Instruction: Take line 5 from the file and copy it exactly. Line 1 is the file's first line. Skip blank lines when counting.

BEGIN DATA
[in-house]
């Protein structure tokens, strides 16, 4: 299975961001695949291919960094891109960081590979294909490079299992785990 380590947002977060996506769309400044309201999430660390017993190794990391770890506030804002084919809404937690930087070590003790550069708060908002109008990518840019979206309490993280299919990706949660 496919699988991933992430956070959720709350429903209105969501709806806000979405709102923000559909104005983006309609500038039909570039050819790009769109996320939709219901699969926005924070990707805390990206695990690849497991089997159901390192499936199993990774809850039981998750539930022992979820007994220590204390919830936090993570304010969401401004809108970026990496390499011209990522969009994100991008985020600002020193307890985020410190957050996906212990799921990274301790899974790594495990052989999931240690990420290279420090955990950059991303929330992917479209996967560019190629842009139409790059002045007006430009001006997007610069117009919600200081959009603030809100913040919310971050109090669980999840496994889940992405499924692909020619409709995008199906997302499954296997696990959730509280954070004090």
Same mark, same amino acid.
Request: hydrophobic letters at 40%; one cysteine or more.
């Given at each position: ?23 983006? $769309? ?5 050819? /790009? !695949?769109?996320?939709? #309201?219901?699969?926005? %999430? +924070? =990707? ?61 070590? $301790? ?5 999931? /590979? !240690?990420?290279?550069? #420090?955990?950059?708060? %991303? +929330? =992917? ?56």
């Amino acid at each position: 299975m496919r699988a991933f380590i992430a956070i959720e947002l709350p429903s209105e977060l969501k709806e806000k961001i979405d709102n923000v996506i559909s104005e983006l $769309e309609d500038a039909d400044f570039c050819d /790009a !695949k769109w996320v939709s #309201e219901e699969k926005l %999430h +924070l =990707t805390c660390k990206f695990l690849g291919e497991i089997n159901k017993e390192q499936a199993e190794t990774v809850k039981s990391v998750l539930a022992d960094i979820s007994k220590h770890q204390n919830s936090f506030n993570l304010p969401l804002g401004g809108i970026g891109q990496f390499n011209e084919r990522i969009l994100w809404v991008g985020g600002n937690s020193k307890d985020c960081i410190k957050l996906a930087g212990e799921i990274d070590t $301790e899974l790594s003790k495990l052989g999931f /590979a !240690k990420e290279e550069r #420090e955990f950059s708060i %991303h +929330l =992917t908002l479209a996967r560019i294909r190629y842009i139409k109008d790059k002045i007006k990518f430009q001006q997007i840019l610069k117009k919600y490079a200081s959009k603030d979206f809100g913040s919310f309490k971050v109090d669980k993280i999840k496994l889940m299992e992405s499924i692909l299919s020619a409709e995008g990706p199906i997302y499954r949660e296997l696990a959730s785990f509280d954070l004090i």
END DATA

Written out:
């Given at each position: ?23 983006? $769309? ?5 050819? /790009? !695949?769109?996320?939709? #309201?219901?699969?926005? %999430? +924070? =990707? ?61 070590? $301790? ?5 999931? /590979? !240690?990420?290279?550069? #420090?955990?950059?708060? %991303? +929330? =992917? ?56």